At one time or another, the spot price for each of the three large Chinese exchanges was a constituent part of several different pricing indices including the Winkdex, TradeBlock XBX index, and others such as OKEX (OKEX is an international subsidiary of OKCoin who replaced these exchanges on its own index). This is potentially problematic because, as I detailed in my COIN ETF report, these exchanges were prone to mismanagement, crashes, and ultimately quick closure. Going forward, what other sources of reliable pricing data can ETFs use that also accurately reflect market prices? [↩]
One insider in China noted that: “These exchanges had multiple chances to clean up their act and even self-regulate but because of the competitive pressures in China towards zero-fees, no one wanted to be left behind. It was a type of collective action failure, so the government finally had to come in and clean up the mess because no one else would.” [↩]
Note: volumes can and will be written on this section alone. If not on the legalities but on the ‘pump and dumps’ that have taken place. [↩]
One former regulator suggested: “Ignoring for the moment the overarching legal implications of what they did, because these activities took place on blockchains, future researchers should be able to eventually provide very accurate estimates the costs and losses to investors who put their trust and money into deceptive ICO organizers who were unscrupulous.” [↩]
Some argue this ban may just be temporary and cite a CCTV 13 interview with Hu Bing with the Institute of Finance and Banking who says the government will issue licenses in the future. [↩]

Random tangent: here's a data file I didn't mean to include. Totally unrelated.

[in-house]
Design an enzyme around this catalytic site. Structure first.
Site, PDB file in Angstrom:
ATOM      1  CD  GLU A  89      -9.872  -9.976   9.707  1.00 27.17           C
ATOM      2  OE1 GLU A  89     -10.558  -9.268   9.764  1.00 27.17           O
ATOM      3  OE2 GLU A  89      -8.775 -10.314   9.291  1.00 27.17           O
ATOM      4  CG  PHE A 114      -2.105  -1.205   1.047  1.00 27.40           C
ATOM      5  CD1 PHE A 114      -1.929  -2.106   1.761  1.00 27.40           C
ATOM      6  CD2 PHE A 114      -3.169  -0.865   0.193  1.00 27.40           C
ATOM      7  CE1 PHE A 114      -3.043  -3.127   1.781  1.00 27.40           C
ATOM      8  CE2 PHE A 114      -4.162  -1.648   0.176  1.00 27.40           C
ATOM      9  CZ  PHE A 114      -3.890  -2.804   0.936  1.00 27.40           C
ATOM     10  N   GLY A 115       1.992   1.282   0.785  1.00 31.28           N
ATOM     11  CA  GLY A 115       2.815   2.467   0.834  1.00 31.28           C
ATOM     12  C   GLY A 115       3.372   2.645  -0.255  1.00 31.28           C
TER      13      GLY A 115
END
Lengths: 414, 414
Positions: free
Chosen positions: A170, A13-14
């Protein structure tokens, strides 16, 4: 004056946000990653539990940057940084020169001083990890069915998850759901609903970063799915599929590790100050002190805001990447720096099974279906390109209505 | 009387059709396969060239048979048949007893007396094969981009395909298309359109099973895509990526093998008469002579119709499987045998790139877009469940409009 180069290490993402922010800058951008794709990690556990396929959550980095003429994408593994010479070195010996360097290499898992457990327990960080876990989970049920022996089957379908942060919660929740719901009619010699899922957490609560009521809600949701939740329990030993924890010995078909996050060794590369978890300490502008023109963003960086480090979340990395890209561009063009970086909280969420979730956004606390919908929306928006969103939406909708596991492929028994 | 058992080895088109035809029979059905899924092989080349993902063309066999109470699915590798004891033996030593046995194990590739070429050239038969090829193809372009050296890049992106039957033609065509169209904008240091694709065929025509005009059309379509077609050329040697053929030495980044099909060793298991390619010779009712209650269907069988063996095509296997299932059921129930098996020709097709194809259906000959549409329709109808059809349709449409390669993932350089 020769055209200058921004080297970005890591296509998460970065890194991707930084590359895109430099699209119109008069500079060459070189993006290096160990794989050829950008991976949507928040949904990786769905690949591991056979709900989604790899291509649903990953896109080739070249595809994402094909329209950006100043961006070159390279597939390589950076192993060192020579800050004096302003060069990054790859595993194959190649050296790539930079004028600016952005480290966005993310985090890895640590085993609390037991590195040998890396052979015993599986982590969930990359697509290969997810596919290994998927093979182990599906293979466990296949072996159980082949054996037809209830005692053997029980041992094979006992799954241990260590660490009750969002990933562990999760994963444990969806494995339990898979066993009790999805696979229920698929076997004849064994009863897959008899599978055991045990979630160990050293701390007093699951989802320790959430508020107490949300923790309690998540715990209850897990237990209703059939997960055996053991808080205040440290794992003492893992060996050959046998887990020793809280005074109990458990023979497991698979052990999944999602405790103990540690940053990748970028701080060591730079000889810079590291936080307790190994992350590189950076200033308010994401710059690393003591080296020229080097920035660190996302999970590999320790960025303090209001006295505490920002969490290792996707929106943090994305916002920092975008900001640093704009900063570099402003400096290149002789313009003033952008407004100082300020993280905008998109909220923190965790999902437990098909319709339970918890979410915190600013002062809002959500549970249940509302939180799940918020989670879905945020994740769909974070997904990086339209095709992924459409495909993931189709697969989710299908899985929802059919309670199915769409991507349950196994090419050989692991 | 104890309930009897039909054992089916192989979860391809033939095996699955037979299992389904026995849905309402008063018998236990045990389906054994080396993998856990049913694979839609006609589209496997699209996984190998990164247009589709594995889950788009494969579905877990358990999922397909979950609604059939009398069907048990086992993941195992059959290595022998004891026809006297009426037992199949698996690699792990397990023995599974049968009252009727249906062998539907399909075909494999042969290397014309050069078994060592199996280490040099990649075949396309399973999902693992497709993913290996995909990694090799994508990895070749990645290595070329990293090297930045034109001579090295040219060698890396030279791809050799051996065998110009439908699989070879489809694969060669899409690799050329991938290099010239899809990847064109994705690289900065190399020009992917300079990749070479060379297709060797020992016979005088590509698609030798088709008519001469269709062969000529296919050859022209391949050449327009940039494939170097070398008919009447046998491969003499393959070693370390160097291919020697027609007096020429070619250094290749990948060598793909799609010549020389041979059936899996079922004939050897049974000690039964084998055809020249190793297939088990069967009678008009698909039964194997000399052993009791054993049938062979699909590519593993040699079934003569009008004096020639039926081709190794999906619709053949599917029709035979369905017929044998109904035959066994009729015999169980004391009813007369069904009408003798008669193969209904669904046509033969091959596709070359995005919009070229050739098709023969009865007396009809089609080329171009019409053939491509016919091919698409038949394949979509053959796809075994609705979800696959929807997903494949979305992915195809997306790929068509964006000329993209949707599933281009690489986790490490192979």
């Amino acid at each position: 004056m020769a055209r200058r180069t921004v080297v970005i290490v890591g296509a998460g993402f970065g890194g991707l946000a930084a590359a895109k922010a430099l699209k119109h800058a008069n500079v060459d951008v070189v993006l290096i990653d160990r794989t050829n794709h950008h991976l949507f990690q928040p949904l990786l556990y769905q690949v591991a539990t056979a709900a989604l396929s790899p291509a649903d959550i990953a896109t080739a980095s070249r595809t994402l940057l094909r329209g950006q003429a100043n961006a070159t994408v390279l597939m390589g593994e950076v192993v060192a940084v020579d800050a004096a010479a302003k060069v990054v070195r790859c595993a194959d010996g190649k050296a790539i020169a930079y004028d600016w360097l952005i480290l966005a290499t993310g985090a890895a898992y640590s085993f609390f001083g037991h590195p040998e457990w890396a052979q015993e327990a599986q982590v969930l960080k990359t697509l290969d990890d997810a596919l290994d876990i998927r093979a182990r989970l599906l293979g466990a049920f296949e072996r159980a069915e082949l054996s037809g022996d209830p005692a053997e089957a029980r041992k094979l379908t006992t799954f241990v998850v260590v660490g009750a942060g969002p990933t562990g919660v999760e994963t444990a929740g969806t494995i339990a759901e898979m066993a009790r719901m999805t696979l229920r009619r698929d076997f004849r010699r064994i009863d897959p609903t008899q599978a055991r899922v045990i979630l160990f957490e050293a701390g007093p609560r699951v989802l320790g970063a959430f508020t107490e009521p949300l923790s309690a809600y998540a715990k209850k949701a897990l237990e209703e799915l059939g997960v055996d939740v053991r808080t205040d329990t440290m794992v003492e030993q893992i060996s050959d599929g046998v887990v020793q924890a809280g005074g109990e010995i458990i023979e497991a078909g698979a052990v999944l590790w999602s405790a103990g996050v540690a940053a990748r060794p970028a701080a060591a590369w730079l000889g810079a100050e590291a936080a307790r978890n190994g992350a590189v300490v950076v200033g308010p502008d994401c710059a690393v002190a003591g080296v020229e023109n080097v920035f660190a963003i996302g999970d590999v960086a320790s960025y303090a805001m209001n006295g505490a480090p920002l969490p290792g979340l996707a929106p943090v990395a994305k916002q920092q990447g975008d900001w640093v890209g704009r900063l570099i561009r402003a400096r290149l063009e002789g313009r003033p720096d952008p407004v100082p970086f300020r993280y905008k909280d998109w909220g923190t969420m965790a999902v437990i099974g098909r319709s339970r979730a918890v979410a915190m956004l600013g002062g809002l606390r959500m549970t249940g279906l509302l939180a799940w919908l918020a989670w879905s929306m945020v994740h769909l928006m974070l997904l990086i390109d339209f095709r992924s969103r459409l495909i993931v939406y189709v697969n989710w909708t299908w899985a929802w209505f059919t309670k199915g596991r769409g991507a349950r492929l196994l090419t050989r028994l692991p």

As of this writing there are many rumors circulating regarding how these new guidelines could impact cryptocurrency mining operators based in China. One recent story from the Wall Street Journal articulates a rumor that miners will need to also shut down operations because they are trading cryptocurrencies without a license. More existentially, if all fiat-to-cryptocurrency exchanges shut down domestically, miners would need a new method to liquidate their coins because they need to pay utilities in RMB (e.g., it doesn’t help to have a JPY or KRW-denominated bank account because Chinese utilities require being paid in RMB). [↩]
One insider noted that: “A New Zealand based person (and company) is one of the main men in all of this. I’ve encountered him on a number of occasions. He’s a complete fraudster. For example he told a group I am in that MGO would be listed on Poloniex within weeks of launch. Months later he hasn’t even got it on Bittrex. He’s now buying up lots of it wholesale from disenchanted investors who’ve taken a massive hit recently and will inevitably be sitting on a pile when the intentionally delayed launch and pump happens.” [↩]
Whalepool and The Coin Farm on Telegram are both examples of this type of coordination. [↩]